We know now that it's a myth that wet food is harmful for dogs and cats. In fact, canned food has some distinct benefits from dry kibble that should convince you to include it as a supplement, if not regular diet, for your pet. However, canned food is unique and requires some different feeding instructions from dry food. Here are some tips and tricks to get your pet started on wet food, or to improve the safety and effectiveness of your pet's current wet food diet.
Here are 16 tips for feeding your dog or cat a wet food diet:
1. Feed Canned Food Often
Feed wet food to your pet at least once daily to keep your pet well-hydrated, particularly if you have a cat. At about 70% moisture, compared with 10% moisture for dry food, canned food has a moisture content that is closer to your pet's natural prey diet.
2. Quality Matters
While canned food is generally better for your pet than dry kibble, the same quality rules apply. Look for canned foods with high meat content (such as chicken, beef, or lamb) and with few carbohydrates such as rice, wheat, or corn. Generally speaking, canned food will have more meat protein and fewer carbohydrates than kibble.
3. Remove Quickly
While canned food should be okay for your pet to eat after several hours at room temperature (due to differences in your pet's digestive system), it's still a good idea to remove and discard any food that hasn't been eaten within 30 minutes. This way, you can limit any risk of food contamination and discourage grazing, which can lead to overeating and obesity.
4. Store Properly
Store leftovers in a separate glass container in the refrigerator or in the can with a firmly fitting plastic lid or covered with plastic wrap for no more than 5 days to ensure freshness and integrity.
5. Avoid Plastic
Don't store your pet's leftovers in plastic. While food storage plastics should not contain BPA, plastic can impart a bad taste to the food, especially to your pet's super sensitive palate.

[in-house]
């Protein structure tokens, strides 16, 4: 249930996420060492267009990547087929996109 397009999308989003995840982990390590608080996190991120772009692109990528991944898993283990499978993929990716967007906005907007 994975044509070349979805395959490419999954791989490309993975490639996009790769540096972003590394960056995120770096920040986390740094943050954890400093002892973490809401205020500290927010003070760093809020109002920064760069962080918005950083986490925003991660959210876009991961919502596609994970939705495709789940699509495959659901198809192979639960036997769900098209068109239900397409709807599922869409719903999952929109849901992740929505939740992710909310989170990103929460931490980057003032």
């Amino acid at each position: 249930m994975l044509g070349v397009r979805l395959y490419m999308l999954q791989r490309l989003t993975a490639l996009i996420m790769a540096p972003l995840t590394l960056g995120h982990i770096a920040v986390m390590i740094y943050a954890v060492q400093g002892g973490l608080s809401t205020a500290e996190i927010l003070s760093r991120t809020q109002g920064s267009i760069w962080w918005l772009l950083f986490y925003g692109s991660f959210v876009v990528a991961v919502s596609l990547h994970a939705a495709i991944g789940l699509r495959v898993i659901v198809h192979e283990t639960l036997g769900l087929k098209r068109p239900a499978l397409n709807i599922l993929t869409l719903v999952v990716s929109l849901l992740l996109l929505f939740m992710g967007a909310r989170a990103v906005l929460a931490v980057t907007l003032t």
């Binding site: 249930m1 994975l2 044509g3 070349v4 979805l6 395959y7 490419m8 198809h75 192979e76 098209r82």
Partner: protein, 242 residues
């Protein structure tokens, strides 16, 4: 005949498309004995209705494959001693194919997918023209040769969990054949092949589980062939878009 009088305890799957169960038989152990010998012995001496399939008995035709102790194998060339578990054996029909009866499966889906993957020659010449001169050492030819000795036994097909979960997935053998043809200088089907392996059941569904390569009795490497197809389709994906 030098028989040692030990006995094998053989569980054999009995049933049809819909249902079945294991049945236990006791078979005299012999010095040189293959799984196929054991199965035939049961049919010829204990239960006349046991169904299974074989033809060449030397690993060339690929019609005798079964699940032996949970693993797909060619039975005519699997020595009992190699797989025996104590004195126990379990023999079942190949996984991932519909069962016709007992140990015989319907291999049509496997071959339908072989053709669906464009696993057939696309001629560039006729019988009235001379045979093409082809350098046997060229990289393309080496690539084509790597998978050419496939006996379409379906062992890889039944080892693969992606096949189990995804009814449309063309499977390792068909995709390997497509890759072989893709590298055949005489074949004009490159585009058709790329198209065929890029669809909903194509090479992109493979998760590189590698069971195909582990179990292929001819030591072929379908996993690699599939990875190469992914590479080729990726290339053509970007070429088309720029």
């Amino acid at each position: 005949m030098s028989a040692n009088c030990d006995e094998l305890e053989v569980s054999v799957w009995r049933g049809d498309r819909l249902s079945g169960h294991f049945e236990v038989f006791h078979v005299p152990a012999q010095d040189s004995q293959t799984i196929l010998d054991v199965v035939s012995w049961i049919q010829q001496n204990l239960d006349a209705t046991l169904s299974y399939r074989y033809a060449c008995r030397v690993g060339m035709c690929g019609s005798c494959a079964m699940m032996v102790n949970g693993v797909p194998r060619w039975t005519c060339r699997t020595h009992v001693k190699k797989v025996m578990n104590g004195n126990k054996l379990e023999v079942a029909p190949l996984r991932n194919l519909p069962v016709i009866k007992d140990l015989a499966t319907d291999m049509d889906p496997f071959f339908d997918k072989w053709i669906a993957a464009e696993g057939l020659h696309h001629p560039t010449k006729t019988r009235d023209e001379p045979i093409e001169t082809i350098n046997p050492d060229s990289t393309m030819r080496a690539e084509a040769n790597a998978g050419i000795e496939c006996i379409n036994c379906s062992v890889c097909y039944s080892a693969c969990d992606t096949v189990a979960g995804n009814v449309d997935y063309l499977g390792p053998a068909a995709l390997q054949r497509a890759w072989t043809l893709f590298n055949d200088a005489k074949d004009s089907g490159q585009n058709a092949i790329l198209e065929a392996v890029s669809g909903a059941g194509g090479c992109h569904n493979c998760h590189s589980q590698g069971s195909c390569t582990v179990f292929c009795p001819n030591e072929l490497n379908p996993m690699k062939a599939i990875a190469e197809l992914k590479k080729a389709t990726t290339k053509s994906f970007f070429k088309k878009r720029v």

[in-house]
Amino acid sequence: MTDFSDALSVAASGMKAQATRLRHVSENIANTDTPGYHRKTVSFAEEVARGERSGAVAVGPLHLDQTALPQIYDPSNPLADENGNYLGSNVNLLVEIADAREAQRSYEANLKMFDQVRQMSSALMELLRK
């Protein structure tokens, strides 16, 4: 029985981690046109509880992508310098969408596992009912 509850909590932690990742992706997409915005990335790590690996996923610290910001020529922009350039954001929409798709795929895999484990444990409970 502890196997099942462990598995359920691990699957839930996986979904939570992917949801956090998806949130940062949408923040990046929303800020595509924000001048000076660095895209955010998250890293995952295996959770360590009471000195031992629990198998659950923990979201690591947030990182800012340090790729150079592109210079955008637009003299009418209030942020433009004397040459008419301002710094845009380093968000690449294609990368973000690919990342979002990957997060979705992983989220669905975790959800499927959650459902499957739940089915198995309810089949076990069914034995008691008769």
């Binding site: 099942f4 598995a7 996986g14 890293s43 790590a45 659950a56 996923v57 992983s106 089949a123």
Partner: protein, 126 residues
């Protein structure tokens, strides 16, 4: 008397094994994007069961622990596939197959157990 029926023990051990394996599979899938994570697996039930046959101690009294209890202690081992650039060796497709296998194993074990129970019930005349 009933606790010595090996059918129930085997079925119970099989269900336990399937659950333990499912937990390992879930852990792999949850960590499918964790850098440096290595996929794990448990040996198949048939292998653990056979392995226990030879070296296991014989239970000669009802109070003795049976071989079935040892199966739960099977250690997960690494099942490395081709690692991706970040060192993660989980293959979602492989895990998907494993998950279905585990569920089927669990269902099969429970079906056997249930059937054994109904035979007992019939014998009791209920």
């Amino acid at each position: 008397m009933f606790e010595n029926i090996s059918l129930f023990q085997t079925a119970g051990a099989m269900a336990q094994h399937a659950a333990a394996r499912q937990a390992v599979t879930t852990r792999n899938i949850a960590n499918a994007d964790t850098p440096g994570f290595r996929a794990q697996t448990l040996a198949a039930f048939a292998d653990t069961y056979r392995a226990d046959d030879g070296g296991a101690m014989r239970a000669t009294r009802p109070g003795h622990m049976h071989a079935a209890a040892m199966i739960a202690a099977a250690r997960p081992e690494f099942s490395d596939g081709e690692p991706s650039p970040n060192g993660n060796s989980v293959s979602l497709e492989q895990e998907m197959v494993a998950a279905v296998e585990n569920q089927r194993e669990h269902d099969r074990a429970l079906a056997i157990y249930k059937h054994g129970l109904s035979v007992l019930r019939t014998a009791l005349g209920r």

6. Start Similar
If your pet isn't used to wet food, start with a canned food that is made up of similar ingredients to your pet's regular dry food. Also, you can mix wet and dry foods together if your pet is still unsure.
7. Choose Variety
Feed a variety of wet foods for your dog or cat's best health.
8. Look Out For BPA
Avoid pop-top cans to limit BPA exposure to your dog or cat. Or, choose smaller cans – many do not contain BPA, as opposed to larger cans, which generally do contain at least minimal amounts. BPA has been connected to hyperthyroidism in cats.
Blue Buffalo, Merrick, and Canidae are just a few of the BPA-free brands.
9. Limit Fish
Limit canned fish varieties for your cat. Other than being addicting to cats, foods high in fish can also increase your cat's exposure to PBDE's, which can increase their risk for hyperthyroidism, among other things.
10. Avoid Freezing
Don't freeze canned foods for your pet. This can change the texture and taste.
11. Watch Portions
Pay attention to individual serving recommendations to prevent over or under-feeding.
12. Keep Clean
Clean your dog or cat's dish thoroughly after every feeding of wet food.
13. Illness Recovery
Is your pet recovering from an illness or an upset stomach? Wet food may be the way to go. It's easier for pets to digest than dry food and can restore fluids lost due to diarrhea or vomiting quicker than dry kibble.
14. Weight-Loss Aid
Wet foods help to facilitate a more meal-based approach to feeding, which can aid in weight loss and maintenance by eliminating eating due to boredom. Their high water-content also helps your pet feel full.
15. Reduce Allergies
Rotating between several varieties of food is not only better for nutrition, but it's been possibly linked to a reduction in the development of allergies.
16. Try, But Not Too Hard
If your cat won't try canned food, try mixing it with a treat he loves, a small amount of parmesan cheese, or some of his kibble. If he still won't try it, don't fret. While canned food can be beneficial to your pet, eating in general is more important. Try introducing the new food more slowly or simply at another time. Never withhold food from your pet for more than 24 hours.